Originally published in Newsday Every year as the cold weather arrives, the U.S. Conference of Mayors conducts a survey of who's living in homeless shelters. This year, it uncovered a troubling statistic: a 9 percent increase in the number of families who are homeless.
These numbers have been increasing - the Department of Housing and Urban Development notes a 30 percent growth since 2007 - and are expected to bump up again next year.
Many of these families, remarkably, continue to function, even as the basic need for shelter is threatened or removed entirely. Wendell Chu, the school superintendent in East Islip, says that more students are showing up for class with their homes facing foreclosure. Many more qualify for free and reduced-price lunch - another measure of families in distress.
"This creates stress for these kids," he says. "It affects how kids come to school, their readiness to learn."
As the country continues to pump billions of dollars into homeless programs, food stamps and other safety-net services, the very people these programs are meant to help - mothers and children - continue to struggle. While the welfare overhaul of the late 1990s was intended to create a path from welfare to work, its effect in the current troubled economy may well be simply dumping people without support.
The mayors were asked to identify the three main causes of homelessness among households with children. The top responses were unemployment (76 percent), lack of affordable housing (72 percent), poverty (56 percent), domestic violence (24 percent) and low-paying jobs (20 percent).
To be sure, we are living through a historic economic catastrophe, and this period will leave a mark on our national psyche. More Americans were poor in 2009 - 43.6 million total - than at any time since the U.S. Census Bureau began estimating the poverty rate 50 years ago. Jobless rates are also very high.
Our social safety net simply has too many holes. While some dismiss the homeless - depicting them as either too crazy, drugged or afraid of the authorities to seek help - surely we're not ready to concede that there's an acceptable level of homelessness for families.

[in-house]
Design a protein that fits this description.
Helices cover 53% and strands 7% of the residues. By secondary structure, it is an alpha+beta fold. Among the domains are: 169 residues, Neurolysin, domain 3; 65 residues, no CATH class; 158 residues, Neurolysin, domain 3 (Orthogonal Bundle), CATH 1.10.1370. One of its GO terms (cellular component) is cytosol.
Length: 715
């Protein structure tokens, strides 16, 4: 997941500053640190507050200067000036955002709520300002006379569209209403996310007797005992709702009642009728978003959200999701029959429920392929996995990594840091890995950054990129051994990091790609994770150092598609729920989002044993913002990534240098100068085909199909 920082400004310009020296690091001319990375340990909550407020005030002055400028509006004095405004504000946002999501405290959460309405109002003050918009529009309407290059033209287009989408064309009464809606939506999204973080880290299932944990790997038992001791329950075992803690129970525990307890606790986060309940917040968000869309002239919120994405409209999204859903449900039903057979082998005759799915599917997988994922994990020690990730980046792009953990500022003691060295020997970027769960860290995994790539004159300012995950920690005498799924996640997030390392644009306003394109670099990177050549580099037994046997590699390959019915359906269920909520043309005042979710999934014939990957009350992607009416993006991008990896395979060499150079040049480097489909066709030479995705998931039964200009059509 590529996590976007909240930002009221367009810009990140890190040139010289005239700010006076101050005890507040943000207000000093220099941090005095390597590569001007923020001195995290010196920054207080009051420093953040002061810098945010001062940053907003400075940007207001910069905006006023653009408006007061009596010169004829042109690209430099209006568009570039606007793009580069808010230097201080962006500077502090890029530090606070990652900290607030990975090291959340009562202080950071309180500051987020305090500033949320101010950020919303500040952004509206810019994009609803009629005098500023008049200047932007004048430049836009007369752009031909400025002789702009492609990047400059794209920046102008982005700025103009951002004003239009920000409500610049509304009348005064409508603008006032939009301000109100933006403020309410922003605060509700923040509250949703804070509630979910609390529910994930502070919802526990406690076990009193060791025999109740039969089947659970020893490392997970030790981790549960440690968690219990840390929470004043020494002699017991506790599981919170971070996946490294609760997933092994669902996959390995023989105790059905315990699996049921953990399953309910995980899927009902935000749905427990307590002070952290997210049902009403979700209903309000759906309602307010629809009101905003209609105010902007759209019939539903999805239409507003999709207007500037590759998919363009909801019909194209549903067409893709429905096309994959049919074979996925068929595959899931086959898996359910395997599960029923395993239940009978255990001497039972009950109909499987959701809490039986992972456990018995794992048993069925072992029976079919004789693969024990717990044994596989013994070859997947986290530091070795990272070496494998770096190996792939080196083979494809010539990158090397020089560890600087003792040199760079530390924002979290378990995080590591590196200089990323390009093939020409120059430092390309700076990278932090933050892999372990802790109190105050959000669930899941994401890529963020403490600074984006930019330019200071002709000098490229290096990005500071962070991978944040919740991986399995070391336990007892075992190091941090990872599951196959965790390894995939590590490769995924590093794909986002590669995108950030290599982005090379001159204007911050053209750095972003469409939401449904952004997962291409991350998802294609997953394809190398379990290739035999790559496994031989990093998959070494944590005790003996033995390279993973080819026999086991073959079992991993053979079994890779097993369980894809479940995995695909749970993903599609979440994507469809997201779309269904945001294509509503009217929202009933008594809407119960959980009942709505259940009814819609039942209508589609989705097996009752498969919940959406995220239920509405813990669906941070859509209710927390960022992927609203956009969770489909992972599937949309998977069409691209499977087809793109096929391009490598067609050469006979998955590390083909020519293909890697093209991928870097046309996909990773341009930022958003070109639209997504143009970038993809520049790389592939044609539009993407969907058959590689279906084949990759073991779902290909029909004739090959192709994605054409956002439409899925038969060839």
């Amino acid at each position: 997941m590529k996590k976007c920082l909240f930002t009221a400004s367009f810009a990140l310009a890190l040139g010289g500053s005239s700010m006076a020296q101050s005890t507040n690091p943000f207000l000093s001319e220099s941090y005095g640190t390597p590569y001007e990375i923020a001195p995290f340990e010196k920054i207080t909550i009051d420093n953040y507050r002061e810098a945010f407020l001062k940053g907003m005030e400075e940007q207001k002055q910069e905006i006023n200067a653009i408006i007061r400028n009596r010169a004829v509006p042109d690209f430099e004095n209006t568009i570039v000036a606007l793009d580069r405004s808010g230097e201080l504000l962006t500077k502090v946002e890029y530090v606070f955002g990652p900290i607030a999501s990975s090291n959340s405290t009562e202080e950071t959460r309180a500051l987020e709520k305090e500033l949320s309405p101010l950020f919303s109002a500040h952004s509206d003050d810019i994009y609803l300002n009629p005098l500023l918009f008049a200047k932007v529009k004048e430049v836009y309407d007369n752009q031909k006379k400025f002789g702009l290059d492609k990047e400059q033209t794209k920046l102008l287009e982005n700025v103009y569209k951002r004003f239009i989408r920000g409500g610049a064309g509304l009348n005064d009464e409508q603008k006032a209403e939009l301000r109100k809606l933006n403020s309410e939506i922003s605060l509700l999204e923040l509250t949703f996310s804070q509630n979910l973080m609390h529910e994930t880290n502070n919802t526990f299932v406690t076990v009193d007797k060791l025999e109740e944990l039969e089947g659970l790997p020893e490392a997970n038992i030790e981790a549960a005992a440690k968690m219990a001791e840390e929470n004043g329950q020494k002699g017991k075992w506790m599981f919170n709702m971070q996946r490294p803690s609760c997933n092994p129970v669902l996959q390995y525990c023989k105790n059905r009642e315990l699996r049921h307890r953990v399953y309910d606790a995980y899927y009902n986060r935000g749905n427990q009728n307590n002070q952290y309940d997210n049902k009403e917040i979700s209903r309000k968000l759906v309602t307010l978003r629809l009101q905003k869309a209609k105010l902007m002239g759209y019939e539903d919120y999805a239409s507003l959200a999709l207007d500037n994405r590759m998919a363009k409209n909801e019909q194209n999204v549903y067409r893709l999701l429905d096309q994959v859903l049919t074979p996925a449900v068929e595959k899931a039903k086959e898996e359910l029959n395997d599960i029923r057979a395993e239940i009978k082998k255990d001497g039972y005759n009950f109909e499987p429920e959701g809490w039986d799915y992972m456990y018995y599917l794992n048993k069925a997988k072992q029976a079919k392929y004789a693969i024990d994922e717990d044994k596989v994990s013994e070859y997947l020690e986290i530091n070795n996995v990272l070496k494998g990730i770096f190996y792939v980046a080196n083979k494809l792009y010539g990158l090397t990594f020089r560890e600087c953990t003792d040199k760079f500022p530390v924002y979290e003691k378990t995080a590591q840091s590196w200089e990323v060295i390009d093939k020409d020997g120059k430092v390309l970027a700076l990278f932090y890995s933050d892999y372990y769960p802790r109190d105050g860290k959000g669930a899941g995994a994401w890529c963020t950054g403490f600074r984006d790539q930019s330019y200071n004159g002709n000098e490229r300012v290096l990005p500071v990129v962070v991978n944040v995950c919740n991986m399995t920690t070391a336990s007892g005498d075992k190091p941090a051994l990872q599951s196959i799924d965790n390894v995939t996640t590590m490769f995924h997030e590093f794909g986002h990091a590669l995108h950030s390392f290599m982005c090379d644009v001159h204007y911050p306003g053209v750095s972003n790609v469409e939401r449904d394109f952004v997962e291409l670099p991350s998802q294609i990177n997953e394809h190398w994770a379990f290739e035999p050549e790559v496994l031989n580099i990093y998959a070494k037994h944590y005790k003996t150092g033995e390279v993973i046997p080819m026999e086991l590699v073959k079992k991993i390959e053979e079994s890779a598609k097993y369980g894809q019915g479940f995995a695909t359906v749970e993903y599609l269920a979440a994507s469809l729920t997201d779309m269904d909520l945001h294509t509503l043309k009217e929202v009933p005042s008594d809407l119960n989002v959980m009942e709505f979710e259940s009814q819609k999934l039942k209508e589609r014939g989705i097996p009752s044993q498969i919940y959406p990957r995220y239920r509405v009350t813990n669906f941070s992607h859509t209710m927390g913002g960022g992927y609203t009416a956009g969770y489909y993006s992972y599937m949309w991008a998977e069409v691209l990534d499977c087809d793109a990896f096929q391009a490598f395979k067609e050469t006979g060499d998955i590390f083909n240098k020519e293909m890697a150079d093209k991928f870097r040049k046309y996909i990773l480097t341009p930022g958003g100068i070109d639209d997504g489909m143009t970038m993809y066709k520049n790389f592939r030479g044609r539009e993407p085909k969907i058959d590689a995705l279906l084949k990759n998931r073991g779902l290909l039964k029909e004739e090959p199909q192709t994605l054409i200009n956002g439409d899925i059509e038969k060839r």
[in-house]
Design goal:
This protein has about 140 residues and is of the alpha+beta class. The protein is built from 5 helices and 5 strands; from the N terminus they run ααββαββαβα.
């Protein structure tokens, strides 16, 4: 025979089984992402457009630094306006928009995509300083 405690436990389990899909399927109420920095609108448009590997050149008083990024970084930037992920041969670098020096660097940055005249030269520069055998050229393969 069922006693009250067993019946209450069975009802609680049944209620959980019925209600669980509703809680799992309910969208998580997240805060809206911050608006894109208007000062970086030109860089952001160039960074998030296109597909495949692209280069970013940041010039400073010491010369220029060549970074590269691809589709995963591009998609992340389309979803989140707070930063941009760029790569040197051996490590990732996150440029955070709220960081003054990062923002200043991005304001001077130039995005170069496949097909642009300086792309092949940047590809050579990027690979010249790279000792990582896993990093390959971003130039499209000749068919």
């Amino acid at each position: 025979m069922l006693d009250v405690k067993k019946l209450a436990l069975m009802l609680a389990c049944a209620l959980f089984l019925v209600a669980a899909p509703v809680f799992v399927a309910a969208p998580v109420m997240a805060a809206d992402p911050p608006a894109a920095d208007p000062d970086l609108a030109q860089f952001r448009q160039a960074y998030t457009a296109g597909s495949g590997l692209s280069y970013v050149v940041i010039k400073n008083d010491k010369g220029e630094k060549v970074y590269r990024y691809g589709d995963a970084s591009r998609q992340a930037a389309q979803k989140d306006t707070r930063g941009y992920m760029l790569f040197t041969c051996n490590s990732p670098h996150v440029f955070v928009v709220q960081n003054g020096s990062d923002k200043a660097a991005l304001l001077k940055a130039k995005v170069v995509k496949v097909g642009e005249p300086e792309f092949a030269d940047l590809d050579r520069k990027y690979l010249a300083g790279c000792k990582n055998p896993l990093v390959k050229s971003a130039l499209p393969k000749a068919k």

The Long Island Coalition for the Homeless is preparing for its annual count of homeless people later this month. Last year, the group found 1,046 families in Suffolk County and 446 in Nassau living in emergency shelters or transitional housing.
Long Island wasn't part of the Conference of Mayors survey, but the coalition's Julee King says the trends hold true here. In the past 18 to 24 months, the coalition has fielded more calls from families, particularly those being evicted because the homes they're renting are being repossessed.
It's extraordinary that this is happening on well-to-do Long Island. Fortunately, we have a network of charities, religious and secular, that provides temporary housing. But it would be better to prevent homelessness in the first place. The dislocation is disruptive, as the school superintendent points out, and it's inhumane.
Boston is experimenting with banning evictions. Many cities, including Chicago, are expanding consumer credit counseling. Of those surveyed in the mayors' study, 92 percent said housing vouchers to reduce rents would be an effective remedy for homelessness, and 71 percent advocate higher wages for low-end jobs. Given economic realities, that's unlikely to happen any time soon.
Still, these are important ideas. Nobody, least of all children, should have to cope with so much insecurity when it comes to something as basic as shelter.